Since the beginning of the cannabis legalization movement, those opposed to the change have listed reason after reason why easier access to cannabis is a bad idea. One of the most notable reasons is the idea that with the rise in dispensaries, teens will have a greater accessibility to cannabis products, and therefore, teen consumption will be greatly increased.
There have even been reports written that contain a variety of unverified data pointing to a rising number. However, as these false documents capture the attention of someone, the real information coming straight from the government paints quite a different picture.
The National District Attorneys Association (NDAA) recently released a new report regarding cannabis on April 20.
The day when most cannabis enthusiasts are enjoying and celebrating the expansion of medical and recreational movements, the NDAA called for stricter guidelines and a more controlled market across the entire nation. They want the markets and laws to be consistent from coast to coast, leaving little room for misinterpretation.
Like many reports and studies that have come before, the NDAA listed child and teen safety among their highest concerns, pointing to the growing number of young people who now have easy access to cannabis due to the legalized markets.
Legalization of marijuana for purported medicinal and recreational purposes has increased access by children. For all of these reasons, it is vitally important to do all we can to prevent access to marijuana by youth in America. Their health, safety and welfare demand no less.
In the report, the NDAA cited information and statistics from a community-based group called “Rethinking Access to Marijuana.” This organization briefly ran in Los Angeles, before fizzling out after last November’s vote to legalize recreational cannabis.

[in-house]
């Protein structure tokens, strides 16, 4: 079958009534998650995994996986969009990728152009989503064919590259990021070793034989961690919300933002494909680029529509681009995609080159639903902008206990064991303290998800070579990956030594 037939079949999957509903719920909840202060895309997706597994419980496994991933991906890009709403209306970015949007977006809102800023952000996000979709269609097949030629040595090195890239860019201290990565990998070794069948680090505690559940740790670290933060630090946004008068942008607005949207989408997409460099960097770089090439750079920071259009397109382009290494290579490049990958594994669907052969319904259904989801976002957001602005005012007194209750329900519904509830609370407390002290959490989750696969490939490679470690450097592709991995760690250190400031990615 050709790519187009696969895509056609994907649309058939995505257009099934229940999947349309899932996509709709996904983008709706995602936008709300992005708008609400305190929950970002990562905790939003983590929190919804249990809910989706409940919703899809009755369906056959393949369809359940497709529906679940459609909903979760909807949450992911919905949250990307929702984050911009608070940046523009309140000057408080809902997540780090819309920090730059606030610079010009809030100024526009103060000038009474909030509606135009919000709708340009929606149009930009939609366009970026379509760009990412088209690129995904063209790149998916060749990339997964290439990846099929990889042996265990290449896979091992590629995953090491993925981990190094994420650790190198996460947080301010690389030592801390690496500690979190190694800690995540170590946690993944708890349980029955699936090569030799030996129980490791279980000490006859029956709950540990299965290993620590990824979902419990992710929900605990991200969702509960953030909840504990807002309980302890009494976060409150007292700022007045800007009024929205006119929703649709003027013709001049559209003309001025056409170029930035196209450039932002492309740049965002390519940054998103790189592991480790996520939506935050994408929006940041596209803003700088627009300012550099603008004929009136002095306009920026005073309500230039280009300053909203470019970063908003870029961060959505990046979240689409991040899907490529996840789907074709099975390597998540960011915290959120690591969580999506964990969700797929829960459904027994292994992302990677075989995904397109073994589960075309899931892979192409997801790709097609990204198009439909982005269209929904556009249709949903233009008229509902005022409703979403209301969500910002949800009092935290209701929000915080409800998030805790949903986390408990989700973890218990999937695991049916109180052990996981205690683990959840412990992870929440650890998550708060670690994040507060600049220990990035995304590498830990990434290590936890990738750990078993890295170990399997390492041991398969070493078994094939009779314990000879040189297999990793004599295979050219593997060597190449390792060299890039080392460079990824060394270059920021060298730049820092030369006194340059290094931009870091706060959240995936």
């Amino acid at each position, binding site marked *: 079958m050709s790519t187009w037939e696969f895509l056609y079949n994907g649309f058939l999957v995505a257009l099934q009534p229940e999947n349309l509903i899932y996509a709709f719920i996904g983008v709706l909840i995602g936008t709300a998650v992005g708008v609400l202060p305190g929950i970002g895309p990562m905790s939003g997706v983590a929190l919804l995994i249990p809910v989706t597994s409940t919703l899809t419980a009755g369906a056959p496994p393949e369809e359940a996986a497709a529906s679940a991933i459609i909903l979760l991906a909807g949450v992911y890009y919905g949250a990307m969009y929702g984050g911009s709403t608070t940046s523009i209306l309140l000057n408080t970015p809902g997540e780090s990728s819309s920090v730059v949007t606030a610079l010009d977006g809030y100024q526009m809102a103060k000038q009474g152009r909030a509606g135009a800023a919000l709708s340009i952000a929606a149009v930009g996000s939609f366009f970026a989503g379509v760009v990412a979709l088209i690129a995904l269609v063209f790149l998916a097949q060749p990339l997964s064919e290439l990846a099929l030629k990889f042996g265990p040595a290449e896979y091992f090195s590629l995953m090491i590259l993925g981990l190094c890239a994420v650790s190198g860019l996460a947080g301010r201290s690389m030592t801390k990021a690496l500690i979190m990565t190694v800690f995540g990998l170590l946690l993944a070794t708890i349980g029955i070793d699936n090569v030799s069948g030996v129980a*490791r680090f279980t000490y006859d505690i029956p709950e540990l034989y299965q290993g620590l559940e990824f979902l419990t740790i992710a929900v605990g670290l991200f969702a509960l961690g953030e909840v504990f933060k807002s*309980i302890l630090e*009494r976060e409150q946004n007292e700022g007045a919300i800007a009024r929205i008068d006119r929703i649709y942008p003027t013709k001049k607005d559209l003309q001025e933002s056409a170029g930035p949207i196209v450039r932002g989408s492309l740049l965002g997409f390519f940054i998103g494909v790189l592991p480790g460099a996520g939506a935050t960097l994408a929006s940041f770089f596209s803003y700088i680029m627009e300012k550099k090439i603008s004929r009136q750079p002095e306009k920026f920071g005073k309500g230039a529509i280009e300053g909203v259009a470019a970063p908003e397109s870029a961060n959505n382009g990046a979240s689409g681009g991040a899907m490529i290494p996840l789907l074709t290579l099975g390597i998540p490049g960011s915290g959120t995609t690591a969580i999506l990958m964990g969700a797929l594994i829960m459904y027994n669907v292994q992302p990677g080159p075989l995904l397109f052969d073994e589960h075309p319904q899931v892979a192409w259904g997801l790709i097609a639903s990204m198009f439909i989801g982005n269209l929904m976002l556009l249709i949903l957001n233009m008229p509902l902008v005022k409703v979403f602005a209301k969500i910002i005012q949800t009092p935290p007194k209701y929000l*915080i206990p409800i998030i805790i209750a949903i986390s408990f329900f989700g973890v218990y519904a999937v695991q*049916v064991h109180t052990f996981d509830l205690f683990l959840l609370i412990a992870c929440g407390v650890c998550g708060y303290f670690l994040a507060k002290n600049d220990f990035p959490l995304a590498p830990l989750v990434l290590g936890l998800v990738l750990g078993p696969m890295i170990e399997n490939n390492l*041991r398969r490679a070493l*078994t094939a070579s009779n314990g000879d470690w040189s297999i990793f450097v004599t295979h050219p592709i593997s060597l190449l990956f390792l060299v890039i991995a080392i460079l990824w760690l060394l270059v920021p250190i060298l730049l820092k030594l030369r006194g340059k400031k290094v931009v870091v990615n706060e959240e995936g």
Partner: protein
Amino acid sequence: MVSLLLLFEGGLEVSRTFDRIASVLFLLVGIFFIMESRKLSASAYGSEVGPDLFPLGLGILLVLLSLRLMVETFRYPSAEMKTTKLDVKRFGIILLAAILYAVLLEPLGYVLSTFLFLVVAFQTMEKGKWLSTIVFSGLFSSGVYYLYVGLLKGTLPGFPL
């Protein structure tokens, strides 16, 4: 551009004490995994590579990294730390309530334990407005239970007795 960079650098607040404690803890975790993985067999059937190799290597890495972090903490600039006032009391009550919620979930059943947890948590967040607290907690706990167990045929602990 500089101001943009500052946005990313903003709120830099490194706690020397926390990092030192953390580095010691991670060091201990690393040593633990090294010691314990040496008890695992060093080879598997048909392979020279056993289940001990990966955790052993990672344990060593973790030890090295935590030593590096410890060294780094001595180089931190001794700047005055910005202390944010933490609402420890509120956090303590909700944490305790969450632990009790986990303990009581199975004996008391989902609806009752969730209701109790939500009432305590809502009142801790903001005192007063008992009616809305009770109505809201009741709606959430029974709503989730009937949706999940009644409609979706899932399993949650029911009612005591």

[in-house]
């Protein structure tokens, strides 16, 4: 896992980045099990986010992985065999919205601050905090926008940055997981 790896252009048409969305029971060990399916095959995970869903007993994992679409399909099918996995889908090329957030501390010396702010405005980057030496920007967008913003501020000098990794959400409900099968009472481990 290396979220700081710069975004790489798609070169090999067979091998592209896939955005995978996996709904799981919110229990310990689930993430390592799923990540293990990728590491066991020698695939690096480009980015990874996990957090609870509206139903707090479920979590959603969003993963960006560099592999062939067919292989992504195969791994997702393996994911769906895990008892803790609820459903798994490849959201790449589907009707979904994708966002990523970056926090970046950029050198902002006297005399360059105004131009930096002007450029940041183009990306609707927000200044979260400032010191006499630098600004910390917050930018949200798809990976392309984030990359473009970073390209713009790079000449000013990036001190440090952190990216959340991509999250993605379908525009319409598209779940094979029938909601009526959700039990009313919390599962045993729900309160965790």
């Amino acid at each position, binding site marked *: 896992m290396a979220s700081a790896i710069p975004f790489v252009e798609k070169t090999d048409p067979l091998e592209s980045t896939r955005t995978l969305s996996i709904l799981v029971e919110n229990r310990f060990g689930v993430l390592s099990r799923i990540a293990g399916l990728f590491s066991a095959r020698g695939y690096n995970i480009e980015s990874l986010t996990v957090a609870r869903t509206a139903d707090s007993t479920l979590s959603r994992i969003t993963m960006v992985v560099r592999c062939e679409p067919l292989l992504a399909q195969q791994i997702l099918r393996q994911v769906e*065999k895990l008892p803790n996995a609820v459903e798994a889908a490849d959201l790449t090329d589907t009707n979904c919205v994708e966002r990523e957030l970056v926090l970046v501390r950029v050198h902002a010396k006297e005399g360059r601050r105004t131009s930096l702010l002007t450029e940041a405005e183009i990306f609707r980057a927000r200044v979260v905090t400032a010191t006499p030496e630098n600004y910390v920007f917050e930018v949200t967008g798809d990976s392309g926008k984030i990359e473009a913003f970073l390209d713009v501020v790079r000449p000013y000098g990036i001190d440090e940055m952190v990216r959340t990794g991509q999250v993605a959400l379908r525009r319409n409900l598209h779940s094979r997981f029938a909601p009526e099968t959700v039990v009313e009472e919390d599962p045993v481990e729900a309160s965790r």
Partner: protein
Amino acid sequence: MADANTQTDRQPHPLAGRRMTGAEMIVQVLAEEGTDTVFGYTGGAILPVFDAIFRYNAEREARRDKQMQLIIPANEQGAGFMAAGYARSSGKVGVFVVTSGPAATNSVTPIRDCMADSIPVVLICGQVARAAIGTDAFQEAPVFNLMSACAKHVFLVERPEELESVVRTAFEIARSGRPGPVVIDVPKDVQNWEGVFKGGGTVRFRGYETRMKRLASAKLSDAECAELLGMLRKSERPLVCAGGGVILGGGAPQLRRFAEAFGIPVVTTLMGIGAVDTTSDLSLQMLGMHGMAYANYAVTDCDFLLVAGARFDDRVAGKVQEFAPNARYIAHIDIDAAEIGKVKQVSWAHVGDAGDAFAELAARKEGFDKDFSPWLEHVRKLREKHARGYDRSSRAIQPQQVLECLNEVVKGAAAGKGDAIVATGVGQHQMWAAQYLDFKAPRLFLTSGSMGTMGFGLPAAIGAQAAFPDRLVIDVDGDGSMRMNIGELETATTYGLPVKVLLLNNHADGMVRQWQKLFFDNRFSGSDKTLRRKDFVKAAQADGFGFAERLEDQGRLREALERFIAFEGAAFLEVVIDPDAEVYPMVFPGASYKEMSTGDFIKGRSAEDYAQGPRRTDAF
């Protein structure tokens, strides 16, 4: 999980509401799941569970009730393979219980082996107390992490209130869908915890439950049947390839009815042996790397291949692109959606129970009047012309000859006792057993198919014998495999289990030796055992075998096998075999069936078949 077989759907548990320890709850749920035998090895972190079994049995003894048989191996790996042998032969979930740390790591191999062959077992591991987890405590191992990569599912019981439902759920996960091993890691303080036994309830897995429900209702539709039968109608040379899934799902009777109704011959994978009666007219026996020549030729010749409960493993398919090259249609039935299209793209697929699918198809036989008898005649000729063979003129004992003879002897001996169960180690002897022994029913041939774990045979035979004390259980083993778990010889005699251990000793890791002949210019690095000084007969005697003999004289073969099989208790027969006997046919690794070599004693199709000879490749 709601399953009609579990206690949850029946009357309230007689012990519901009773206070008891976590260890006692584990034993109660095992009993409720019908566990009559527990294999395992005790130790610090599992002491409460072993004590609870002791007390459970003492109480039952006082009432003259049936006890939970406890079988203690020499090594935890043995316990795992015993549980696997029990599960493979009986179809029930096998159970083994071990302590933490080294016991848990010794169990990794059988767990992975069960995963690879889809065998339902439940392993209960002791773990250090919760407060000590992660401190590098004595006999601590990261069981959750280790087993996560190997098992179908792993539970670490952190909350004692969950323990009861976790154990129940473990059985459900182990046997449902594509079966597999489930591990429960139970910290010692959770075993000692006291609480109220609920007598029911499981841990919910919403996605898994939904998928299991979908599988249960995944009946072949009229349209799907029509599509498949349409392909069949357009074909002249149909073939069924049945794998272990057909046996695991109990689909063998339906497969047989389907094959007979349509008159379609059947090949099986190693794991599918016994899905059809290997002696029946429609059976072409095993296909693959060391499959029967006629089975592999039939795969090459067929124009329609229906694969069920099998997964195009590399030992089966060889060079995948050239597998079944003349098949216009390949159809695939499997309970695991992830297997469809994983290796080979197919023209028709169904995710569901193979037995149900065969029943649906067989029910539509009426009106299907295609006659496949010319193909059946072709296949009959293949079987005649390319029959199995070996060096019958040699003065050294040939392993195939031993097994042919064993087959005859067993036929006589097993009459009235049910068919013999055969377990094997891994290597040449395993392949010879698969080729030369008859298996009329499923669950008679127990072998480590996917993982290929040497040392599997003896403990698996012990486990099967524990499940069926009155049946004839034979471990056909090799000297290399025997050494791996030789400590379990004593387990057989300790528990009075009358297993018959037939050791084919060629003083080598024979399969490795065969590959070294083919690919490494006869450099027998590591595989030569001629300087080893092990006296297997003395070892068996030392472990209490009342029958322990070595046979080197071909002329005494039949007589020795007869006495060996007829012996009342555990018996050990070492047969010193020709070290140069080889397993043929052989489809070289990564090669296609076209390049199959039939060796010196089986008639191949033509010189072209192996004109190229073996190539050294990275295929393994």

Despite the plethora of scientific research and studies available on the subject, the NDAA chose to credit a less-than-trustworthy source.
Colorado Gov. John Hickenlooper has been seeing his fair share of backlash, after contradicting previous statements he made about the dangers of youth and cannabis access.
Previously, Hickenlooper was strictly opposed to legalization but has since witnessed the medical benefits first hand and changed his mind. Now, he’s come forward with state evidence that contains data showing no increase in teens using cannabis.
Federal public health officials seem to agree with Hickenlooper, as the National Institute on Drug Abuse (NIDA) recently updated their website to reflect the belief that medical cannabis is a legitimate form of treatment for a variety of ailments.
NIDA’s chief, Nora Volkow, co-authored a paper, titled Medical Marijuana Laws and Cannabis Use, that appeared in JAMA Psychiatry. The paper’s authors didn’t beat around the bush when it came to the topic of youth using cannabis. Rather than speak in semantics and hypotheticals, the group of writers addressed the issues head on.
Primary attention has been on rates of use among youth, as early adolescent use has been linked to an increased risk for addiction to cannabis and other drugs.
To our knowledge, research to date has not documented an increase in cannabis use by adolescents in the United States overall or in those states that enacted new marijuana laws.
If the Federal Department of Health cannot find a correlation between legalization and increased teen usage, then the proof does not exist.